Incorporating a waterfall edge on your kitchen countertop is a great way to make it a focal point in space. Typically, the edge will come from the floor all the way up to the traditional horizontal countertop, drawing from the floor up to the rest of the space. It’s a great way to break away from traditional countertops and create a statement in any space. Often times this is a countertop design that you’ll see in a more modern/contemporary style home.
It can be difficult for the untrained eye to tell the difference between ceramic and porcelain tile, let alone what makes one better or worse than the other.
All things considered, if the two tiles are pushed to their absolute limits, porcelain will perform better than ceramic every time. Porcelain is heavier than ceramic because it has less air in the tile, making it stronger and less absorbent. However, both tiles easily meet the needs of a kitchen or bathroom, and since ceramic is generally more inexpensive, it is more popular in households.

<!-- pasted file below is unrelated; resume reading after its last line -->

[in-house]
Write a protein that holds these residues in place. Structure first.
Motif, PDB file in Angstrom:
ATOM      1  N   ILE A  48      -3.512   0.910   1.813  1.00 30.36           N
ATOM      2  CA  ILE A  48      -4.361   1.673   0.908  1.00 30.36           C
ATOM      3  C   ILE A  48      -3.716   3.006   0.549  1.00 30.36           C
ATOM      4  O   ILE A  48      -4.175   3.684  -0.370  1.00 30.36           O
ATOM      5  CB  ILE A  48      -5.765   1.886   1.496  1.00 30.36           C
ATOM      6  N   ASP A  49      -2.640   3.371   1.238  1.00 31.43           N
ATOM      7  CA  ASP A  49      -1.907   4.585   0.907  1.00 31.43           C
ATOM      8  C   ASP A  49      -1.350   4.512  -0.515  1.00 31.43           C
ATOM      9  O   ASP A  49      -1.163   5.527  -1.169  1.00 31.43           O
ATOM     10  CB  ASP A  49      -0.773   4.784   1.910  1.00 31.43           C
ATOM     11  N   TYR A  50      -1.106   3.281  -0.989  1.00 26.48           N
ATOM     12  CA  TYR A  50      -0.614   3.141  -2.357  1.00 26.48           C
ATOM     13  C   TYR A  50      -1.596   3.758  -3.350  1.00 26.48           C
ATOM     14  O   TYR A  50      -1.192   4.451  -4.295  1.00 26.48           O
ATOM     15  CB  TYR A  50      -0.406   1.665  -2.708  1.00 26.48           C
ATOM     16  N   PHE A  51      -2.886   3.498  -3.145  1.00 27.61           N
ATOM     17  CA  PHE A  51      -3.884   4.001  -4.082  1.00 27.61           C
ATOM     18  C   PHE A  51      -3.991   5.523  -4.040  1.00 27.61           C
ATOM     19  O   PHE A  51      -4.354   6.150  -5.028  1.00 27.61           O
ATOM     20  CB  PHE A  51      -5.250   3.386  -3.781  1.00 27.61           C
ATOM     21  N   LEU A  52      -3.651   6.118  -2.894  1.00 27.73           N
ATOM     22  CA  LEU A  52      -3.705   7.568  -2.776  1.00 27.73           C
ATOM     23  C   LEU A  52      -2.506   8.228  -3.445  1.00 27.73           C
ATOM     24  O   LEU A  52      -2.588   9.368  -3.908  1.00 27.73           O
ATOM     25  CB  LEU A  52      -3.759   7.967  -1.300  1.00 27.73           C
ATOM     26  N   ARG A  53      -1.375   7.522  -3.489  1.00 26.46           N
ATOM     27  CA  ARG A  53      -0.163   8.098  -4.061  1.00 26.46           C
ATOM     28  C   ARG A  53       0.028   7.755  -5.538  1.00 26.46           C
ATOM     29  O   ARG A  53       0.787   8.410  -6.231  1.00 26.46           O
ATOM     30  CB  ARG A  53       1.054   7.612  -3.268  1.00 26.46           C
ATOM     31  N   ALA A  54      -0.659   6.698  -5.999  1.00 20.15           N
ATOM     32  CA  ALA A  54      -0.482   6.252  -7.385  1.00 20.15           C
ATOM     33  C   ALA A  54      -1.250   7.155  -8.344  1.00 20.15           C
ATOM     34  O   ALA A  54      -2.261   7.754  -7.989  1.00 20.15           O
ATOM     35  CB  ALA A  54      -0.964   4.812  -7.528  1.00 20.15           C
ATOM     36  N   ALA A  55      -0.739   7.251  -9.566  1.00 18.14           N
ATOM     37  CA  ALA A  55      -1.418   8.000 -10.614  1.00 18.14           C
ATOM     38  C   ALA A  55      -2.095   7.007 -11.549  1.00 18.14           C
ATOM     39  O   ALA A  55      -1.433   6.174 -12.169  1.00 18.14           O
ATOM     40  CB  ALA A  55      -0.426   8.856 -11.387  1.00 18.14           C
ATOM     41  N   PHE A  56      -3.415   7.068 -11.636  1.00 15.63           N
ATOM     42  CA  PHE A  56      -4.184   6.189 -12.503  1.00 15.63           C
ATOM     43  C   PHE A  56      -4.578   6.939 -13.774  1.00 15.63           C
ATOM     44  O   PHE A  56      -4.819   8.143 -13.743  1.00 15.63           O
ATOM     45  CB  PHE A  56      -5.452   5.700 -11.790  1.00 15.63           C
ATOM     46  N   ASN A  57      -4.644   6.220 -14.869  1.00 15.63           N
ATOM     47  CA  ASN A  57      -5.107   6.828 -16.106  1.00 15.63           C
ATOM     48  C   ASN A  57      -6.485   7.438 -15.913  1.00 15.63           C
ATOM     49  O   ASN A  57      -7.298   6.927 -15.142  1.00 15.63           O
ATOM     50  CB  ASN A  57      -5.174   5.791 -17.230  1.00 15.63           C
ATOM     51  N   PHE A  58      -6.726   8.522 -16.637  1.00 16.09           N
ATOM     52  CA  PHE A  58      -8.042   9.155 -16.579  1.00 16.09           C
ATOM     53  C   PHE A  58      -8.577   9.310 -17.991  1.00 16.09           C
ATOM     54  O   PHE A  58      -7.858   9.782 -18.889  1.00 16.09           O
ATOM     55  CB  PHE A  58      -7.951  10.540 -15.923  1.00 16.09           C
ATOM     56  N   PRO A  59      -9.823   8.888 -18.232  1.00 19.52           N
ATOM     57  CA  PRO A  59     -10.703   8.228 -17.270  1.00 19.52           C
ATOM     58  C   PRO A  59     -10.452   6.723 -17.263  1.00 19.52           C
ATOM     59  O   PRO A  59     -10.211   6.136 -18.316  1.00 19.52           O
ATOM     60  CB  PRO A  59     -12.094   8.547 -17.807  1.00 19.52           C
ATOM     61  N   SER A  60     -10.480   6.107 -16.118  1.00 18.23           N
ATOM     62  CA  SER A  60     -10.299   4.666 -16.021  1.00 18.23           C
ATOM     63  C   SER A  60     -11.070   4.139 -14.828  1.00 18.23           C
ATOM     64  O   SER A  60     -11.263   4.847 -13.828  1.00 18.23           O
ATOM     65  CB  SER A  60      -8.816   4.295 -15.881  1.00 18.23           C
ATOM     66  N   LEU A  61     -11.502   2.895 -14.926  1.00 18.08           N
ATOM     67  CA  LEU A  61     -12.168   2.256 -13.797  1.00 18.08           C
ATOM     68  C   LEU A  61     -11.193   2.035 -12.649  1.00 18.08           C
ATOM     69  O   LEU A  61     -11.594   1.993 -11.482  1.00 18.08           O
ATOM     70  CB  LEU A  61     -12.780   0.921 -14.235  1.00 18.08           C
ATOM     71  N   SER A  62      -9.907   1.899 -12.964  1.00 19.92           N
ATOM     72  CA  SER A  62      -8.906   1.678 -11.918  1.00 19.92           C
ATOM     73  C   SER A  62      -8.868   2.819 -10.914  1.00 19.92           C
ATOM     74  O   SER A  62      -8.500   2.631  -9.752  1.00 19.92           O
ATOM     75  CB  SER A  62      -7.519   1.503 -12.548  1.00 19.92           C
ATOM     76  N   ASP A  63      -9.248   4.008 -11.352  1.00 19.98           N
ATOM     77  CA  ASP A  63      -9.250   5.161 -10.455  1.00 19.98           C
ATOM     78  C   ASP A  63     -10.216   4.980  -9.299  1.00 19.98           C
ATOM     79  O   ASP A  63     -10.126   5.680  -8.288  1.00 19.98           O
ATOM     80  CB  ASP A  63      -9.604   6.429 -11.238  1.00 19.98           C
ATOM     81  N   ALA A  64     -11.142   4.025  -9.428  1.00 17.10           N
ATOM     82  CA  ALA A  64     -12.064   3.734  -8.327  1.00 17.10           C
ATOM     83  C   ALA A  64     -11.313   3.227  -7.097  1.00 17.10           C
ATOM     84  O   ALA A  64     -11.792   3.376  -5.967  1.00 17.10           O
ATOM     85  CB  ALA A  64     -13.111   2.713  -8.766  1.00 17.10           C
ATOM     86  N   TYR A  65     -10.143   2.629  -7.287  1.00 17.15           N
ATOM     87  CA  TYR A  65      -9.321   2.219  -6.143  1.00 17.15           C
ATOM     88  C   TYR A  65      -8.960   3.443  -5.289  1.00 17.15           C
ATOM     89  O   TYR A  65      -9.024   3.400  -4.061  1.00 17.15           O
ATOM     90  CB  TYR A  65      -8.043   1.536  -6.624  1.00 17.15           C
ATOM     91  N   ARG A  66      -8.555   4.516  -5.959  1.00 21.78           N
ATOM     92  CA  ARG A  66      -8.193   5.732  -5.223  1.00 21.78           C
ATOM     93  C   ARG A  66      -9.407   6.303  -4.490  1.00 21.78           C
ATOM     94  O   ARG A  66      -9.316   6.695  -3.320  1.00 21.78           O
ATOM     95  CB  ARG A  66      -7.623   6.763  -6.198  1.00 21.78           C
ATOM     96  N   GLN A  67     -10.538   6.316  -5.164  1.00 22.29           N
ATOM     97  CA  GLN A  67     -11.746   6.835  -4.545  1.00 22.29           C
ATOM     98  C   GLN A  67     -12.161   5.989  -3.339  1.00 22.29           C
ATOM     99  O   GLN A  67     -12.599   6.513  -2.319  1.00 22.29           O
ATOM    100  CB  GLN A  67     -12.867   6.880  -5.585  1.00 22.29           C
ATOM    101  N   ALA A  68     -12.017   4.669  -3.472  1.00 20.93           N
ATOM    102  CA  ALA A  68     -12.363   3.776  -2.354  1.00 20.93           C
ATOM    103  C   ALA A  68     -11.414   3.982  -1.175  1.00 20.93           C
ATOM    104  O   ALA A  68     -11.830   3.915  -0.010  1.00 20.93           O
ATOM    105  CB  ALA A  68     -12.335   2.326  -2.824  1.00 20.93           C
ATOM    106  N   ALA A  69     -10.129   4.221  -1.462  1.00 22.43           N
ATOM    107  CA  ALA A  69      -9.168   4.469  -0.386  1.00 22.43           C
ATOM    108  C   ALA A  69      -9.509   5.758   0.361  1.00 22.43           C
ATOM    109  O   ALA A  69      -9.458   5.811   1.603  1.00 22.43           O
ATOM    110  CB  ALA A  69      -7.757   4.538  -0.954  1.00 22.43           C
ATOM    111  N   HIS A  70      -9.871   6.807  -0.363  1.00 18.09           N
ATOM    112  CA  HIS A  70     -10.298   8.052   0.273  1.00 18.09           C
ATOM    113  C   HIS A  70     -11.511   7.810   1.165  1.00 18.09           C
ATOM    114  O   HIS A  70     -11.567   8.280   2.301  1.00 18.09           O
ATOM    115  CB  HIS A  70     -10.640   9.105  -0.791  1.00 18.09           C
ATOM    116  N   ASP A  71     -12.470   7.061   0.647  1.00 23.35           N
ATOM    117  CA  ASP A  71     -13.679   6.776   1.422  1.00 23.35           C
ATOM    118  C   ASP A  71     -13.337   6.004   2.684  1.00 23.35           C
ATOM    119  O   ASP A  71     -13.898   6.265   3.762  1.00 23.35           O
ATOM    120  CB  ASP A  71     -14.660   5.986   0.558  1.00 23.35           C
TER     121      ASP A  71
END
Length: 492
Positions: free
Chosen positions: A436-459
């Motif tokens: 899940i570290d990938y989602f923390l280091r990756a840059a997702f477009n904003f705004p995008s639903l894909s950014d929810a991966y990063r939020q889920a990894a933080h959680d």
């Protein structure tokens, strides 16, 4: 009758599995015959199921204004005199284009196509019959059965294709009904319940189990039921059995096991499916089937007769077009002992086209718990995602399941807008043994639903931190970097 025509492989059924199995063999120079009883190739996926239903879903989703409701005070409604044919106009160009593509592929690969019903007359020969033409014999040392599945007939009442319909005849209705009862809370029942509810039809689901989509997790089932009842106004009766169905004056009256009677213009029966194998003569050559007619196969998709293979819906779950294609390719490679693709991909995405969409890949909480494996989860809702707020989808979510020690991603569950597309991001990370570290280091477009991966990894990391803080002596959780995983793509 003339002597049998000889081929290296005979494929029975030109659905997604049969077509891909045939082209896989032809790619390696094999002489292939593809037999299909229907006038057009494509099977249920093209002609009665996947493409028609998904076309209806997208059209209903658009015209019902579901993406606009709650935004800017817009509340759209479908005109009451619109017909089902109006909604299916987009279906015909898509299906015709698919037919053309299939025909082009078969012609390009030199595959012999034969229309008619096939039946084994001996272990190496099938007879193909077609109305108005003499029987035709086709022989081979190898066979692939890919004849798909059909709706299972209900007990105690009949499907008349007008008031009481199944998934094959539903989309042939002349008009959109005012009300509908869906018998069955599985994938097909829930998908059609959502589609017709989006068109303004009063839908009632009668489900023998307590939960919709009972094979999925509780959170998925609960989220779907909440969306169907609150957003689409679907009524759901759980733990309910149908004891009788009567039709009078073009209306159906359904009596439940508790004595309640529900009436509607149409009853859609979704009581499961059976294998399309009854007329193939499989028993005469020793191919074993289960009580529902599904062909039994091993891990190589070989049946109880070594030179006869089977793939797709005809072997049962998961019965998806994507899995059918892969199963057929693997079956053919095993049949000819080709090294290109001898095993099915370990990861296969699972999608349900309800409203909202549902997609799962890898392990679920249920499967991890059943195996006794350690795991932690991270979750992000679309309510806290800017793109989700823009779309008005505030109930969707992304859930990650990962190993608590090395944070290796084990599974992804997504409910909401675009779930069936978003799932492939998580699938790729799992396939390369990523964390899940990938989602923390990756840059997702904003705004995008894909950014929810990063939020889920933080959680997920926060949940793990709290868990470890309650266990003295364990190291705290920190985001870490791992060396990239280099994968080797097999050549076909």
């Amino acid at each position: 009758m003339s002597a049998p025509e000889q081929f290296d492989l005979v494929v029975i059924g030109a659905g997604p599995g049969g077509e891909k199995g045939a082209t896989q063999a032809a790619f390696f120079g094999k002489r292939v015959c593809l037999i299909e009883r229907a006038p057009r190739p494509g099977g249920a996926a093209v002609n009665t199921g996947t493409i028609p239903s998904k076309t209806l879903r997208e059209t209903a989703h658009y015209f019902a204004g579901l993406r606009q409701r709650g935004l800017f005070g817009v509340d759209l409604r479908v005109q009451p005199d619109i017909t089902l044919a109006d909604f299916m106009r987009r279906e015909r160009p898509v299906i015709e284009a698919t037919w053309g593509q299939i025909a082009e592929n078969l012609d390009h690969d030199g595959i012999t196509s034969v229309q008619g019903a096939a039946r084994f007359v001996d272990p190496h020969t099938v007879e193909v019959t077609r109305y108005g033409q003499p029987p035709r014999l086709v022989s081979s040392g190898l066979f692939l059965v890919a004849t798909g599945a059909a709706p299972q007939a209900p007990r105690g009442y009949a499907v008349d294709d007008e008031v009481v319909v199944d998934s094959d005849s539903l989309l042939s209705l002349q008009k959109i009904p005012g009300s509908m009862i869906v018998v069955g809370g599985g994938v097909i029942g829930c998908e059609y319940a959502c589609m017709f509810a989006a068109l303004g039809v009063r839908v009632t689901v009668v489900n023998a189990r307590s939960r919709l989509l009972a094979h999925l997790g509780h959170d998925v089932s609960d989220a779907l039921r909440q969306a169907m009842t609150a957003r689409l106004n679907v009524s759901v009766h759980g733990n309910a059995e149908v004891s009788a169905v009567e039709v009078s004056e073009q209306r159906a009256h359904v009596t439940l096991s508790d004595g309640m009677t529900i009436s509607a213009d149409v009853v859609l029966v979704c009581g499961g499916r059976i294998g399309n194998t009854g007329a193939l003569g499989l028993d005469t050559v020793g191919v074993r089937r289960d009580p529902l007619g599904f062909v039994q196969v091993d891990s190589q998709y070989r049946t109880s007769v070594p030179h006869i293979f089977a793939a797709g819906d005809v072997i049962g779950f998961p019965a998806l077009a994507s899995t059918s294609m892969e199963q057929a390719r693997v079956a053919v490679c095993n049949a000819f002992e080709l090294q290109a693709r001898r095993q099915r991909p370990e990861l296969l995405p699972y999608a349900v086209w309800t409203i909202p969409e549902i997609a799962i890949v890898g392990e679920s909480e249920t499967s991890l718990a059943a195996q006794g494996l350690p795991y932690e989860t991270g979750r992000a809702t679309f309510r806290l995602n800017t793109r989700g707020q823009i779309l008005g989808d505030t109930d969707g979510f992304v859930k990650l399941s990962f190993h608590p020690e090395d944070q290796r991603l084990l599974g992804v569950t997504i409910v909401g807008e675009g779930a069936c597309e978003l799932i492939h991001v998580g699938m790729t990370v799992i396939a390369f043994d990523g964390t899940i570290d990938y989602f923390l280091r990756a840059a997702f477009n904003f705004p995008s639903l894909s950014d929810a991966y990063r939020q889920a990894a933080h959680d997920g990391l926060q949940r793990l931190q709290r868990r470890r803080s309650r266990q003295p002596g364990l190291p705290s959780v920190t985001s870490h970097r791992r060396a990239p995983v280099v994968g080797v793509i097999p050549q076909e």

Additionally, since ceramic is lighter, it’s ideal for walls in kitchens and bathrooms and doesn’t require the maintenance of natural stone. Both tiles will outperform natural stone tiles because they’re not porous on the surface like natural products are.
Porcelain tile has come a very long way in available colors, frequently mimicking the look of natural stones and materials; including materials such as hardwood and slate, so much so that some can’t tell the difference unless looking closely. Ceramic has also made leaps and bounds and is available in a variety of colors and textures.